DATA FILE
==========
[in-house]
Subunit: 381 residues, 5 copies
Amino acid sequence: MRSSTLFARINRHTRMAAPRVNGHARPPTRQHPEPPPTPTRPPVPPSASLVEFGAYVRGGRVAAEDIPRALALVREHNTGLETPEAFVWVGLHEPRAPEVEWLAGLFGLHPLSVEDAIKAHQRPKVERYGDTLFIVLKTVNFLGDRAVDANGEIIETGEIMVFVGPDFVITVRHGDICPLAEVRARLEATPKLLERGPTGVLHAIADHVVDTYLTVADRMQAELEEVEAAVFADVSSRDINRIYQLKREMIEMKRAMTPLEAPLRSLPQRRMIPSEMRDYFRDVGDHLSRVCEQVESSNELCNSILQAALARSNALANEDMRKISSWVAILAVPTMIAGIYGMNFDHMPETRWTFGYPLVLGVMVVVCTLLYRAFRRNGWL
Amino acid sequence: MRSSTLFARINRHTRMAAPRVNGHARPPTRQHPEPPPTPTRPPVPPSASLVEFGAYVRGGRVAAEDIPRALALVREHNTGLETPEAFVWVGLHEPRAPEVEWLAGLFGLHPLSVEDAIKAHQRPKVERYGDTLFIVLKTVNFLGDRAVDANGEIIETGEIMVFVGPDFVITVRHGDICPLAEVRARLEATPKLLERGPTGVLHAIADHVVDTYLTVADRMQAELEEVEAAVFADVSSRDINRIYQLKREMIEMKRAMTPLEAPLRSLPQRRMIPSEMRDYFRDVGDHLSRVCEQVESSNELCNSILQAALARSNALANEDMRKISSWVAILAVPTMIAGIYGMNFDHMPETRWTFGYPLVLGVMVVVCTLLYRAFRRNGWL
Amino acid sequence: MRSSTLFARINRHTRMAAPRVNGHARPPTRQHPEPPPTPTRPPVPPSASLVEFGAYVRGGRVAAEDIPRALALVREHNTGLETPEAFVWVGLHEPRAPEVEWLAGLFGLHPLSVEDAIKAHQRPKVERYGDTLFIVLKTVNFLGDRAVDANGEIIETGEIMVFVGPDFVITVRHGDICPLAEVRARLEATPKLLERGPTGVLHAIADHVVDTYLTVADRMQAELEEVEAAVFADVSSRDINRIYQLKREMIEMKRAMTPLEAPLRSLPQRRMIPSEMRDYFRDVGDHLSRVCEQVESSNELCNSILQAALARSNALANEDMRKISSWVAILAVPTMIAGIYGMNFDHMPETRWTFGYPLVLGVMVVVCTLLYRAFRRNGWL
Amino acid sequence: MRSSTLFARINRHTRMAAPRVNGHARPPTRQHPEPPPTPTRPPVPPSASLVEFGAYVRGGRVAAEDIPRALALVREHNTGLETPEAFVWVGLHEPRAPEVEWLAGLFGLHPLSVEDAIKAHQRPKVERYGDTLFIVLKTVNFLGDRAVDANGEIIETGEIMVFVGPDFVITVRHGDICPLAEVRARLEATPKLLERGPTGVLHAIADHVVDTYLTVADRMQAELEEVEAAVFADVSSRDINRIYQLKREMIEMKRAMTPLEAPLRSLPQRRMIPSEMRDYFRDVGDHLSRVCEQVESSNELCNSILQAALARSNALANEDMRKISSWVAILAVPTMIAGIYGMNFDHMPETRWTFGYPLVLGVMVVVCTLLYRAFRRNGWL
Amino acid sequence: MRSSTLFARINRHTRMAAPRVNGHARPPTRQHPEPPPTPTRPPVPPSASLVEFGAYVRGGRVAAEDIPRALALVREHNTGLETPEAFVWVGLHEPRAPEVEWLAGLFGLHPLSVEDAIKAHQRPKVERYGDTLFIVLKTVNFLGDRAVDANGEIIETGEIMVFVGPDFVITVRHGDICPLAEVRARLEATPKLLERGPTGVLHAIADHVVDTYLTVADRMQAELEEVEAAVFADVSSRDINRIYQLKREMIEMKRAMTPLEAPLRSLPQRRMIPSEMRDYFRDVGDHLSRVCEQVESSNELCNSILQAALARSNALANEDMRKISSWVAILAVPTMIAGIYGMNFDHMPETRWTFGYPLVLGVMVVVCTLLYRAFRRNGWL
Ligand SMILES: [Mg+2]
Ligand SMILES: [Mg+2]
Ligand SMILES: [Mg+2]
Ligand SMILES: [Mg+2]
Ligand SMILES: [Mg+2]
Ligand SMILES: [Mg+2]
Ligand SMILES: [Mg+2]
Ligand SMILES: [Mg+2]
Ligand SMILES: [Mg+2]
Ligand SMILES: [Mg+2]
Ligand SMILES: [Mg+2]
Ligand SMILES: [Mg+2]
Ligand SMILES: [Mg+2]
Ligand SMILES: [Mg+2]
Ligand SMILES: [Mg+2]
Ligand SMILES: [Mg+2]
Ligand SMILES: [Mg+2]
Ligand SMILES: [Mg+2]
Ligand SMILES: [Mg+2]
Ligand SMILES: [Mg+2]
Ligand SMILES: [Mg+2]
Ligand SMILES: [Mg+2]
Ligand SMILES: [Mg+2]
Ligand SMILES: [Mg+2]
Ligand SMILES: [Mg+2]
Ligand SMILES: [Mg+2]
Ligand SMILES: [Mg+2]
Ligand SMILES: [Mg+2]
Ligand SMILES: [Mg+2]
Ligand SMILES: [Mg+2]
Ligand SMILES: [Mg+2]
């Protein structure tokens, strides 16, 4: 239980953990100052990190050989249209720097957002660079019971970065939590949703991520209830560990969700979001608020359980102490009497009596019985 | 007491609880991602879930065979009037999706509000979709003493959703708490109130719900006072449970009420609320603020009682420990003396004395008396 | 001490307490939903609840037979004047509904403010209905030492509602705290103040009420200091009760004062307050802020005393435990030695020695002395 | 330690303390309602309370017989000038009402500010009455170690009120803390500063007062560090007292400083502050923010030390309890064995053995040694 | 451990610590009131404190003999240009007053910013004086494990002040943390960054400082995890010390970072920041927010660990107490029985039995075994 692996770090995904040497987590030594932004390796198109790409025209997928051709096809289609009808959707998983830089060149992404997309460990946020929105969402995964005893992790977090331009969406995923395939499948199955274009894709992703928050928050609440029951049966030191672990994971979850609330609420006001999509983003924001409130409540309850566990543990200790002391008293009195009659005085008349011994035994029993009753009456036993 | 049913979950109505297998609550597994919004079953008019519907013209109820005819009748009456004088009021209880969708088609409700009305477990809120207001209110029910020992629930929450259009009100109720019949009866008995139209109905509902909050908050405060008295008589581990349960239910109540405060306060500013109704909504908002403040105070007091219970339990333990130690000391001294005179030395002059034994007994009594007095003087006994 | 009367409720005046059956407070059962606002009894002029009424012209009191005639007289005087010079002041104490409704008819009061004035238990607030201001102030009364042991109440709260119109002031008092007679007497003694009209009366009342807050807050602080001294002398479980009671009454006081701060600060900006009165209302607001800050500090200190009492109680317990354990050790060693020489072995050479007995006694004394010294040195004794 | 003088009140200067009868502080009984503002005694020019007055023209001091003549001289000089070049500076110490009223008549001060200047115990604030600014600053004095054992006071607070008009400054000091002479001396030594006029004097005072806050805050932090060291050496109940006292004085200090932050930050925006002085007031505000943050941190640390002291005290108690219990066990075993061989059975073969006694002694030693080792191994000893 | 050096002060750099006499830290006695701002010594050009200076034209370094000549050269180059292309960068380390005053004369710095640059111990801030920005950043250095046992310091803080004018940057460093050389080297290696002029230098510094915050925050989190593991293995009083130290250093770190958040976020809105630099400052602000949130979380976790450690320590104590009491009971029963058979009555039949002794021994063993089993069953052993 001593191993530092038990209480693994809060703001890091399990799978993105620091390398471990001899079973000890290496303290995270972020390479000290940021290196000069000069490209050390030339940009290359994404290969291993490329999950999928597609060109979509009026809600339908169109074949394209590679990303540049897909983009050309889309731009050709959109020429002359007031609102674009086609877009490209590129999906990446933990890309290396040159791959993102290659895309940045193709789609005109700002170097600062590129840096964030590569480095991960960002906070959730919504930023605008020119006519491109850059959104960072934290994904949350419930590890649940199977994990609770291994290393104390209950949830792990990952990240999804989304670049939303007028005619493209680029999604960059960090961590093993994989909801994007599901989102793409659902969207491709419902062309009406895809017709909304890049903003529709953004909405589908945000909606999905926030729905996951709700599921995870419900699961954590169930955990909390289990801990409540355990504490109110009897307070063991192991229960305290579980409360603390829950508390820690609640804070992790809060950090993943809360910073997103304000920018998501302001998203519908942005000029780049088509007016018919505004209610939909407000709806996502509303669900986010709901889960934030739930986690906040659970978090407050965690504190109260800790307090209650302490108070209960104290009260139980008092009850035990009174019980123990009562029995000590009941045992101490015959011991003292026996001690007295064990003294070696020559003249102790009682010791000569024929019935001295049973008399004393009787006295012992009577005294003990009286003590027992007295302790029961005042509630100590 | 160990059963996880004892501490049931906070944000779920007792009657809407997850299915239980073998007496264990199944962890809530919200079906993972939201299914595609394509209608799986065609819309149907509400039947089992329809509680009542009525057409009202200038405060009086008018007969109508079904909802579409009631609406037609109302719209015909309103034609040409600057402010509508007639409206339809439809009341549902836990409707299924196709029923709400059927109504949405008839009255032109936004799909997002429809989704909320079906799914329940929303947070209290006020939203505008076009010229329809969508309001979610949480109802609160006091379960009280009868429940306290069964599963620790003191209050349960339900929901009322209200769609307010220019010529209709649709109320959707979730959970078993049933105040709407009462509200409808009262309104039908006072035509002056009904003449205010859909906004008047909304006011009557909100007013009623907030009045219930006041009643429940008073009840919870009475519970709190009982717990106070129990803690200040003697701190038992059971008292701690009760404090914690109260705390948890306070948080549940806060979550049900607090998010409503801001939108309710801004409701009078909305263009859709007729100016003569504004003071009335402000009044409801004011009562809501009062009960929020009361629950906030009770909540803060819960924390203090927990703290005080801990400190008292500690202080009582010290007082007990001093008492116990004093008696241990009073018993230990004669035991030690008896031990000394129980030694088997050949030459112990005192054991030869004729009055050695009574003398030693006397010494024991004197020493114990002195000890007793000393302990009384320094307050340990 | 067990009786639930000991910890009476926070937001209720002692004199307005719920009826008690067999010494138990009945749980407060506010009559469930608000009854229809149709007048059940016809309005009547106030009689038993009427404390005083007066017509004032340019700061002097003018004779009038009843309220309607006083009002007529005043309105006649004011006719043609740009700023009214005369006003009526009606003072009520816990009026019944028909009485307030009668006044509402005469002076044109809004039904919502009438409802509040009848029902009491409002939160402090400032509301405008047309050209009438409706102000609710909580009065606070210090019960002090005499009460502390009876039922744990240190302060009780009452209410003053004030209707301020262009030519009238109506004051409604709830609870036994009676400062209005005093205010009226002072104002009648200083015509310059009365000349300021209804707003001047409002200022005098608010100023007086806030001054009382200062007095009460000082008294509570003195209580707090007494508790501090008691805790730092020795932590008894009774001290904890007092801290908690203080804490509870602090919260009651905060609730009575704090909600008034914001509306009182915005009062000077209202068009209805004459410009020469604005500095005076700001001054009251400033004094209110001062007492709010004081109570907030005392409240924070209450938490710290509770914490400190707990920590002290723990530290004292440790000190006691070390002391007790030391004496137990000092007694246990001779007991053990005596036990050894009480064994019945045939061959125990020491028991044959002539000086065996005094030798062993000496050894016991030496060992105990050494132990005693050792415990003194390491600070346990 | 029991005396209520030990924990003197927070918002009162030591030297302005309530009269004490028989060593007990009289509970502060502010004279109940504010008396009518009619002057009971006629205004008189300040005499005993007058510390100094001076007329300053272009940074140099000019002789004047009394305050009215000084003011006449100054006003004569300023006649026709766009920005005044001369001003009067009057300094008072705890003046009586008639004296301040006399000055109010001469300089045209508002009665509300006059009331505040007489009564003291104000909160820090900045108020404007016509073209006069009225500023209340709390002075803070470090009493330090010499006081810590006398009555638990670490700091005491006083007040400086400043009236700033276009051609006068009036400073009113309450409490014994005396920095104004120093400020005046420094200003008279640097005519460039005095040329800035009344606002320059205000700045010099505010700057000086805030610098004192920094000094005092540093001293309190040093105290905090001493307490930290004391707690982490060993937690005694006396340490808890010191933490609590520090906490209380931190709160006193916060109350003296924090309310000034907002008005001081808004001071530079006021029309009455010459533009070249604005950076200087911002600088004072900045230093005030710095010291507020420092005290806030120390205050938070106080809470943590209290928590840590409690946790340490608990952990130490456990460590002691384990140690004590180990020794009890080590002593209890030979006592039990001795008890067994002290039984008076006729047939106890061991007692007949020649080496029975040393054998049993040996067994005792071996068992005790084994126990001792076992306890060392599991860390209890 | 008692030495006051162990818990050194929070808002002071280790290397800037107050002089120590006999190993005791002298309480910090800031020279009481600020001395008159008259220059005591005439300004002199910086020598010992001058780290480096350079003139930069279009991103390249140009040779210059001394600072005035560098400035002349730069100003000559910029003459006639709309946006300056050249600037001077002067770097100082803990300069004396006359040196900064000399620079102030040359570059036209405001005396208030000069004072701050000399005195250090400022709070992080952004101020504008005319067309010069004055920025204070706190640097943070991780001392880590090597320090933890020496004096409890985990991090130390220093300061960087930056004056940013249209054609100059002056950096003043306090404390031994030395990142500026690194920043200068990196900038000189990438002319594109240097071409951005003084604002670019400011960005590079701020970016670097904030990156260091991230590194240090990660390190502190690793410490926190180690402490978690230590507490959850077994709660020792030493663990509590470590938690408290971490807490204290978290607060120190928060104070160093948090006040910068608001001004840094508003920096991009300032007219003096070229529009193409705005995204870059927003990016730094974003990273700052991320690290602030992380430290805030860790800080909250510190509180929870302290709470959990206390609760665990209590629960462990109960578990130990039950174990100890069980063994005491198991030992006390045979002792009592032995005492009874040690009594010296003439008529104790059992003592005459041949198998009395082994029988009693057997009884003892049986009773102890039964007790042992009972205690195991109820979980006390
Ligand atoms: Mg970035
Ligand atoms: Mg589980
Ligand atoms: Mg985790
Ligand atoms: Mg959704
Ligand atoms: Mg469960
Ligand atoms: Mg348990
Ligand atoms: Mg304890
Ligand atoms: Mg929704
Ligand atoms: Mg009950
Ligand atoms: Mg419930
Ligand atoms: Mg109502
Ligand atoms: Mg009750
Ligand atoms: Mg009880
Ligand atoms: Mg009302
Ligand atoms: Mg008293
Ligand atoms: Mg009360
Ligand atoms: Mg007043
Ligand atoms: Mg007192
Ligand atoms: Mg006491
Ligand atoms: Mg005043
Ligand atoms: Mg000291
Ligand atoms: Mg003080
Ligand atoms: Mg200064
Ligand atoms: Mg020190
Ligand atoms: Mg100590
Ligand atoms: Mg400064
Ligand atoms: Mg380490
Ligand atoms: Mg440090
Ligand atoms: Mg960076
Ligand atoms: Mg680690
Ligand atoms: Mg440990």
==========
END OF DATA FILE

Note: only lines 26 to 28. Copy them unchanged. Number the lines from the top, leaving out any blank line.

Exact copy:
Ligand SMILES: [Mg+2]
Ligand SMILES: [Mg+2]
Ligand SMILES: [Mg+2]